Former Rangers director Dave King will fly in from South Africa next week and not leave Scotland until he comes up with a “definite gameplan” for the future of the Ibrox club.
The South Africa-based businessman last week urged supporters to withhold season- ticket money and hand it over to the club on a game-by-game basis, amid growing concerns about the League 1 leaders’ finances and governance.
The 58-year-old Glaswegian, who invested £20million in the club before it was consigned to liquidation in June 2012, made his plea to fans after Rangers confirmed they had accepted £1.5million in loans from shareholders Sandy Easdale and Laxey Partners. King then accepted an invitation to meet the Rangers board after an open letter from chairman David Somers claimed he was “damaging the club” with his statements, although he mocked the tone of the letter, saying he was being “summoned” to explain himself.
Backed by the influential Union of Fans coalition, King will first jet into London to meet with investors in the club before travelling to Glasgow where, aside from his appointment with the Ibrox board, he will meet supporters to find a way forward for the Govan club.
“I will visit the institutions in London next week and put a schedule together with some of the existing shareholders to understand where they are and how they would feel about a rights issue,” said King. “Also, whether they would participate, whether they would give the rights to someone like me and I would like that out of the way before I meet the fans. Then I will stay up in Scotland for as long as it takes until we have a definite gameplan as to how we will go forward from there.”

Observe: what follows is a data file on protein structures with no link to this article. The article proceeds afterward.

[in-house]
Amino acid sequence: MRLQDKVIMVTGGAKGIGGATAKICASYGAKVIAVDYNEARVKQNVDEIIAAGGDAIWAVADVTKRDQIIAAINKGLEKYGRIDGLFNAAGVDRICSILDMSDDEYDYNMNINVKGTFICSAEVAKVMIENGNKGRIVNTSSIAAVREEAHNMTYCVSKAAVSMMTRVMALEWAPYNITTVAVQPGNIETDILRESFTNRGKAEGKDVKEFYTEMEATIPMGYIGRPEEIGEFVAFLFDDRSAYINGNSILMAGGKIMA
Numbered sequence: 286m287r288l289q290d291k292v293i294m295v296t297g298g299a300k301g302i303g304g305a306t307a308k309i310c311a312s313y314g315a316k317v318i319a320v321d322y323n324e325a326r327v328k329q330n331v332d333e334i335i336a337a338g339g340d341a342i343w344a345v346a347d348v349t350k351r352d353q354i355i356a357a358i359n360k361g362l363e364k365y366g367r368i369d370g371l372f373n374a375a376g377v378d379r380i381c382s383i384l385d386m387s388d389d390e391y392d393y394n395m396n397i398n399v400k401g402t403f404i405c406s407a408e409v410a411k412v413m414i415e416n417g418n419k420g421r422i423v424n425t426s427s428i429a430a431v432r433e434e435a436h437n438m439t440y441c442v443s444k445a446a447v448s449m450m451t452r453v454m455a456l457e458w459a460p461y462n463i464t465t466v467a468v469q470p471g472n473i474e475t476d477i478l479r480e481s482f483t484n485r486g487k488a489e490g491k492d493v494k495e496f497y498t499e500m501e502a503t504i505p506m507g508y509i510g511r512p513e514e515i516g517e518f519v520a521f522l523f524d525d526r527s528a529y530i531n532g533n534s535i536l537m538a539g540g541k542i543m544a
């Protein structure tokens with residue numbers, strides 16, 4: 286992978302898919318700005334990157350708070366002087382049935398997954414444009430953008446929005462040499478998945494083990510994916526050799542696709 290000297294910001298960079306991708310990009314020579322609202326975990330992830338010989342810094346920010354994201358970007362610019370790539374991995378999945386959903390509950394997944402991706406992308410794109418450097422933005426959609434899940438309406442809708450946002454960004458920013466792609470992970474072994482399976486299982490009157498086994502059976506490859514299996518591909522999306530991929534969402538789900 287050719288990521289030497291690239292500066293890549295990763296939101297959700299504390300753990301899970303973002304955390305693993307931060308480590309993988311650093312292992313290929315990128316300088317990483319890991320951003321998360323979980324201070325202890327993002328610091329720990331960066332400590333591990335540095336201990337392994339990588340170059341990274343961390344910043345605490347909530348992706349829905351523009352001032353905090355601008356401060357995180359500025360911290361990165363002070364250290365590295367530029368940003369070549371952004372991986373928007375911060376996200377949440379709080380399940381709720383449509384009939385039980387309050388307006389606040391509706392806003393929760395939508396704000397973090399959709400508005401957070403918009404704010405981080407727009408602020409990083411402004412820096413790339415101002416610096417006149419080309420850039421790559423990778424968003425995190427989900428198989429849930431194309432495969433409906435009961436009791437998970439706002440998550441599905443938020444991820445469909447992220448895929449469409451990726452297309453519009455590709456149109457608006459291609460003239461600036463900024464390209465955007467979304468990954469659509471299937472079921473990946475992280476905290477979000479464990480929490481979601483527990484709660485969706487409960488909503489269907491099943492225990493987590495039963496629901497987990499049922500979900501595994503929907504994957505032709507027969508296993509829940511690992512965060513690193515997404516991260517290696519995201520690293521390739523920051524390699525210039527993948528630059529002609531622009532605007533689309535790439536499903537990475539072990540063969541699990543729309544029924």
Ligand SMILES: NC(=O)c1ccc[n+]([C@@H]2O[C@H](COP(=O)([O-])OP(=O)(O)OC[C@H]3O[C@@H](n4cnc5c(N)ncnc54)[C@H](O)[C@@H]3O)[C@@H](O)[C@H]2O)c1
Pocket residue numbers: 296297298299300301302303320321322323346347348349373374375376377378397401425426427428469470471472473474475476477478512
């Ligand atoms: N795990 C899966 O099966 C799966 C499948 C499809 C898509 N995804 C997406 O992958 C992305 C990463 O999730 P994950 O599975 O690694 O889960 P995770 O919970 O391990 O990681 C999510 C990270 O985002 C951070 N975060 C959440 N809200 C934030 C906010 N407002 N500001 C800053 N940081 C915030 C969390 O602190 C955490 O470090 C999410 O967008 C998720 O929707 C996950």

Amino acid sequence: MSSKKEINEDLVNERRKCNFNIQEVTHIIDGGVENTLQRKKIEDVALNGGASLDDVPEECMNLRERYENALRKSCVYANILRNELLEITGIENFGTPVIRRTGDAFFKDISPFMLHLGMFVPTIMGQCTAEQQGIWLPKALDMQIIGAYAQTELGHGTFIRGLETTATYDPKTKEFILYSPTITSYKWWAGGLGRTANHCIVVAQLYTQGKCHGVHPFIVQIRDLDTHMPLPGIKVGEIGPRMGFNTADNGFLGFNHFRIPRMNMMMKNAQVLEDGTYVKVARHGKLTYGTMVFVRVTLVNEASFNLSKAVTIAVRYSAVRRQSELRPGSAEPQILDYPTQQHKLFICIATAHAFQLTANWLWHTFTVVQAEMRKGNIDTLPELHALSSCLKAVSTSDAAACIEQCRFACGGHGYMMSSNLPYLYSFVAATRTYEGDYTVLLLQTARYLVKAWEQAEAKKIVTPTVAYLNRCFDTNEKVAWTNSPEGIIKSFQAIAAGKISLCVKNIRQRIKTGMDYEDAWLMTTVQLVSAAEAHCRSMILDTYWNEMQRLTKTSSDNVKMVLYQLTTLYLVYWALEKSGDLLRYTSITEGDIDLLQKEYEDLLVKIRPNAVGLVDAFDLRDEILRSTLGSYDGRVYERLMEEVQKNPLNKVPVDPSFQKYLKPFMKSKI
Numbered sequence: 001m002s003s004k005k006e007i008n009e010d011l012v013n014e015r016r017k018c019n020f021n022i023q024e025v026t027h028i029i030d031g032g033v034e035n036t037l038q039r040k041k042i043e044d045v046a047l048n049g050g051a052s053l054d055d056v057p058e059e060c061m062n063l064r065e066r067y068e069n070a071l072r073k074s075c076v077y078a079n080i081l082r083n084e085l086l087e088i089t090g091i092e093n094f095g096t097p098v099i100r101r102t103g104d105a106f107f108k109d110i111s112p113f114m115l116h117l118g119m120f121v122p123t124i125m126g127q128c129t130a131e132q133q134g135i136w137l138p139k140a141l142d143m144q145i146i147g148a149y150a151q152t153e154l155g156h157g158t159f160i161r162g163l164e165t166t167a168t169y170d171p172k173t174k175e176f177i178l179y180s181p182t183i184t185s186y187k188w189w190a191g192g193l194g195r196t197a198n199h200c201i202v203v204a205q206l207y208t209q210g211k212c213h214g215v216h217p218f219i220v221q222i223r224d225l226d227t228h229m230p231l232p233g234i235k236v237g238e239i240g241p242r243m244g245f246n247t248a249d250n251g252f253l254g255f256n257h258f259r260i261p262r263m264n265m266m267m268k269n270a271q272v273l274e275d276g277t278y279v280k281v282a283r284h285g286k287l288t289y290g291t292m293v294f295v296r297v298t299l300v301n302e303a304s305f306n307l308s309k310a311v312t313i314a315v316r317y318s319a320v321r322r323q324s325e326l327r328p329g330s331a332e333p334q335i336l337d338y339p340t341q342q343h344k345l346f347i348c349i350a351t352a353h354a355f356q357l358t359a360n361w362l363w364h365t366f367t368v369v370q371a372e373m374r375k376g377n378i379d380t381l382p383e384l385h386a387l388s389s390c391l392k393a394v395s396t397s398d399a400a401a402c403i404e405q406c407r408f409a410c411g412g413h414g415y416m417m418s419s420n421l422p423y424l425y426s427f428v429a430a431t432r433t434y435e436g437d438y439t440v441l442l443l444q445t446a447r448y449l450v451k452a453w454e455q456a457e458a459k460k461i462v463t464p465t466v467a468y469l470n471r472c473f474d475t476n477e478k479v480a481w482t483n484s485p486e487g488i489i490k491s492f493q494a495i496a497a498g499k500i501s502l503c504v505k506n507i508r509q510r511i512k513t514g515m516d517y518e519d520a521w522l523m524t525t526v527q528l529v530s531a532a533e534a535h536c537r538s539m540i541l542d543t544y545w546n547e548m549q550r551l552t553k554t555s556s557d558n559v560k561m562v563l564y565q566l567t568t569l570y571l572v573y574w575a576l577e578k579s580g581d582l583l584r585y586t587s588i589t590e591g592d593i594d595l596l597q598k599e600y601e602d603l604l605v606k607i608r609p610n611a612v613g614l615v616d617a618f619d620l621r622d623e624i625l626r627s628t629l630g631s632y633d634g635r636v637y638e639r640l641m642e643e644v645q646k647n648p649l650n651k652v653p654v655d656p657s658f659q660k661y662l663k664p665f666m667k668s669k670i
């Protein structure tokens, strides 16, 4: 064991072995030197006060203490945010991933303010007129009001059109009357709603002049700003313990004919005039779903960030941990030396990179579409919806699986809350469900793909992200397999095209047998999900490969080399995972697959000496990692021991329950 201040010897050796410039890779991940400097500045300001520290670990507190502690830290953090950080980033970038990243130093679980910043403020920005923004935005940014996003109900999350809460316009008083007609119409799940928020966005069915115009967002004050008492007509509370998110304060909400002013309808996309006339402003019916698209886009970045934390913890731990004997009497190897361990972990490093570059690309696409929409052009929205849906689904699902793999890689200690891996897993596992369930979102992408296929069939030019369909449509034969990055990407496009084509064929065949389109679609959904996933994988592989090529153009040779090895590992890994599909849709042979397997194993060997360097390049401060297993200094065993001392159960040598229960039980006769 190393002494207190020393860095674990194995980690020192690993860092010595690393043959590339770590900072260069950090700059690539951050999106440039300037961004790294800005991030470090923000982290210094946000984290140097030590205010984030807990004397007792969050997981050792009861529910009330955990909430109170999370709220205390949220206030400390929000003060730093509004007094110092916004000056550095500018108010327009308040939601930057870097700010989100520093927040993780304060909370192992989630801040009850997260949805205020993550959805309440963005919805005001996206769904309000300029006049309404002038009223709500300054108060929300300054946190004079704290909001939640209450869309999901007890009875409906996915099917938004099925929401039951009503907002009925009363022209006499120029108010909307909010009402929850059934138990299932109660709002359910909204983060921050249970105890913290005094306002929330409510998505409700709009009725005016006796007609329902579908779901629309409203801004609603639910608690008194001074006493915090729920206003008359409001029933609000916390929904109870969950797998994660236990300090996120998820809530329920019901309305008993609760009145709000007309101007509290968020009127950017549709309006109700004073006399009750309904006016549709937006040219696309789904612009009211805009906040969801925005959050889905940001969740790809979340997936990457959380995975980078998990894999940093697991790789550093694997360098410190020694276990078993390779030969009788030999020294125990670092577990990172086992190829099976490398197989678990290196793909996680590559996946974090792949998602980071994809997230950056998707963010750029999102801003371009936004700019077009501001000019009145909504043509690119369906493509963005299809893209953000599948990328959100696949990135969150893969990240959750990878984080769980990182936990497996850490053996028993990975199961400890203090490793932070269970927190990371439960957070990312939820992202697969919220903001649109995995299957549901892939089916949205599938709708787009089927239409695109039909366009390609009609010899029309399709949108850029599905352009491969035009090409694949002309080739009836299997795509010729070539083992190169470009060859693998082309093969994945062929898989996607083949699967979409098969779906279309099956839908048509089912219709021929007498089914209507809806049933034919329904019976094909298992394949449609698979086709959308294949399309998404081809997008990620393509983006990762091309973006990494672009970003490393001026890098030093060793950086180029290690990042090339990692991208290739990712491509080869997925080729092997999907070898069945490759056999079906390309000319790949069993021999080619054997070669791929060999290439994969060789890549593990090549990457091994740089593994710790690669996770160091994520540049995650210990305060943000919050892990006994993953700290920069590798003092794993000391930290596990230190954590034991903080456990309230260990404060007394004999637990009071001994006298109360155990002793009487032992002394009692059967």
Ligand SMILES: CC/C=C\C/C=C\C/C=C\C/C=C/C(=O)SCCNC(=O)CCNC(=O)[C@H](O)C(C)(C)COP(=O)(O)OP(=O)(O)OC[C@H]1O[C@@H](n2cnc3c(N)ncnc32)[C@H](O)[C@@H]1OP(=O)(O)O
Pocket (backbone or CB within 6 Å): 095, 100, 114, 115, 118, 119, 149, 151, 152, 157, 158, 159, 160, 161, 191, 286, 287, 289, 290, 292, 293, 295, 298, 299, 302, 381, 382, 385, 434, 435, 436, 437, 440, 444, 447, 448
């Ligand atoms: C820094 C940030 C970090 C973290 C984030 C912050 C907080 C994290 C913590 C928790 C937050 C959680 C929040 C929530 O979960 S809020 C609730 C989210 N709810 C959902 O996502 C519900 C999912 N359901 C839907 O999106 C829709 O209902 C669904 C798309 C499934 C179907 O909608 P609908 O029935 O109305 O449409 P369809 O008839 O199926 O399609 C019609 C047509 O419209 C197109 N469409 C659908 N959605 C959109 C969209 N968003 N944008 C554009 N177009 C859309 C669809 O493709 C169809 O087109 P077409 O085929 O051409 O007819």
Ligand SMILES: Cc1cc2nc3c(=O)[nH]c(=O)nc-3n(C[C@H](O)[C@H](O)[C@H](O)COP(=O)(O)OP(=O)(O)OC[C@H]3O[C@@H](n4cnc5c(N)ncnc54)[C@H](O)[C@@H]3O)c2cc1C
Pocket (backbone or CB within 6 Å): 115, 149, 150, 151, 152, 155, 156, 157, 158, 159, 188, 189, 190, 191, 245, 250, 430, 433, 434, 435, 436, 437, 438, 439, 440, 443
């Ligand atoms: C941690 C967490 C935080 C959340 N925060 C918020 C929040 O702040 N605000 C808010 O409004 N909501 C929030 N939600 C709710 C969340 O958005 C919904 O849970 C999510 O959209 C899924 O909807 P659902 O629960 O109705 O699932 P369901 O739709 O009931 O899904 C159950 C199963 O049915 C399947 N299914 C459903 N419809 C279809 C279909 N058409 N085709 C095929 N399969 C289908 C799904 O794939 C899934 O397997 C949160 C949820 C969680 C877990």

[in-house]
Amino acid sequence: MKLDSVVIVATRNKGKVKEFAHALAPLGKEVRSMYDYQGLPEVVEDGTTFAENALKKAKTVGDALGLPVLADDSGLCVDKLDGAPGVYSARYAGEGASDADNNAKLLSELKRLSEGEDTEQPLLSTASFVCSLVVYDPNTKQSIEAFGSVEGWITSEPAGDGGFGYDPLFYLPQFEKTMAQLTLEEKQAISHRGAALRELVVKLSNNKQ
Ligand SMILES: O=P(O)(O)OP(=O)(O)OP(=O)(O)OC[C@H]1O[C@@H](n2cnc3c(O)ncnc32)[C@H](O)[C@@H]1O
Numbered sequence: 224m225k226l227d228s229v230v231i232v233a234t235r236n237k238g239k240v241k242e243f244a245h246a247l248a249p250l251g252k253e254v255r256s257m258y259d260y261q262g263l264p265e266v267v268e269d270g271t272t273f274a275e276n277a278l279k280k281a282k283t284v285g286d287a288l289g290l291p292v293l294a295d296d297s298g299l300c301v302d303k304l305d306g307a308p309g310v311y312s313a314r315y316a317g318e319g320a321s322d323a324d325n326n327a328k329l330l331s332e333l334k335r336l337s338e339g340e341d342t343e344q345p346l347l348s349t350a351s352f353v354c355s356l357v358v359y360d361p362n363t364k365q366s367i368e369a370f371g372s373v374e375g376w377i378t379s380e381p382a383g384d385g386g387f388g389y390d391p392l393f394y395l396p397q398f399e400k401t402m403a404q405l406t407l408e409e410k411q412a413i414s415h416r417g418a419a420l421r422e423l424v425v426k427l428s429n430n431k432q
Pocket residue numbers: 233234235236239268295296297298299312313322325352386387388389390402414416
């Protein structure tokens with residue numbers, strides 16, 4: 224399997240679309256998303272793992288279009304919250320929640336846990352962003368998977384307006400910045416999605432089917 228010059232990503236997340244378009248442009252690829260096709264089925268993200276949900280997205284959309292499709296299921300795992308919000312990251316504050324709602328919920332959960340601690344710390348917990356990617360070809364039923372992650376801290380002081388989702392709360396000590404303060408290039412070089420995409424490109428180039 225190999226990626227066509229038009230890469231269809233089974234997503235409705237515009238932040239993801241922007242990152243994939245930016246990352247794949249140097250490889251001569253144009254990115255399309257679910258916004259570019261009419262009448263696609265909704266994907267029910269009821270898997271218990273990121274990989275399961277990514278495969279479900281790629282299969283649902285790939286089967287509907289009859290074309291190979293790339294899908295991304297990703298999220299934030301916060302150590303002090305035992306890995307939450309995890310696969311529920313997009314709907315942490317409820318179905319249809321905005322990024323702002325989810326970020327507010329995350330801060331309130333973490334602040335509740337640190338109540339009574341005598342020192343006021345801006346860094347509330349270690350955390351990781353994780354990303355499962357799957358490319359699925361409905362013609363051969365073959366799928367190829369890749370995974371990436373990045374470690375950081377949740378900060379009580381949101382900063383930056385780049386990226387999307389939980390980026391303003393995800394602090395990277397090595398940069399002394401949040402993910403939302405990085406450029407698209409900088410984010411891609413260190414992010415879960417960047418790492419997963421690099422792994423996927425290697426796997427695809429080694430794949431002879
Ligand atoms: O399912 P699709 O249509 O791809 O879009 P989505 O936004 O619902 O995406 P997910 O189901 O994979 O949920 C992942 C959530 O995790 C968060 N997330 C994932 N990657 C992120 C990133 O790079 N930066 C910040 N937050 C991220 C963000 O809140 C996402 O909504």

Former finance director Brian Stockbridge said in October that Rangers would only have around £1m of cash reserves left by April but chief executive Graham Wallace has denied there is a risk of a second administration.
King claims the Ibrox board were fully aware of their predicament when they refused his offer of help late last year. “I said then ‘it’s now early enough to anticipate you will not make the end of the year on your current cash balances and let’s now try, and in an orderly fashion, go about a new fund-raising exercise’,” he recalled. “I was happy to be a significant investor, in fact a leader of a consortium putting new funds into the club with the only condition that the funds went into the club.
“I was looking for a new share issue and for those funds to go into the club and into the team and really all that’s happened is they have adopted a ‘Nero fiddling while Rome burns’ approach where the inevitability of the next couple of months has come to pass.
“They are looking for [fans] to give enough money for season tickets so they can continue for another couple of months before again ending up in another financial crisis. That is what I am trying to avert at this point.”
King later clarified that he had offered to invest in Rangers in response to an apparently misleading statement by Easdale, which was read out on Sky Sports News. He said: “I refer to Sandy Easdale’s statement earlier today that I had never had discussions with him regarding putting new funds into the club.
“I subsequently engaged in private communication with Sandy and he has confirmed directly to me that he intended his comment to be construed as meaning that I had never offered loan finance to the club. I accept that Sandy’s incorrect statement was merely a misunderstanding and that he was not intending to impugn my integrity.”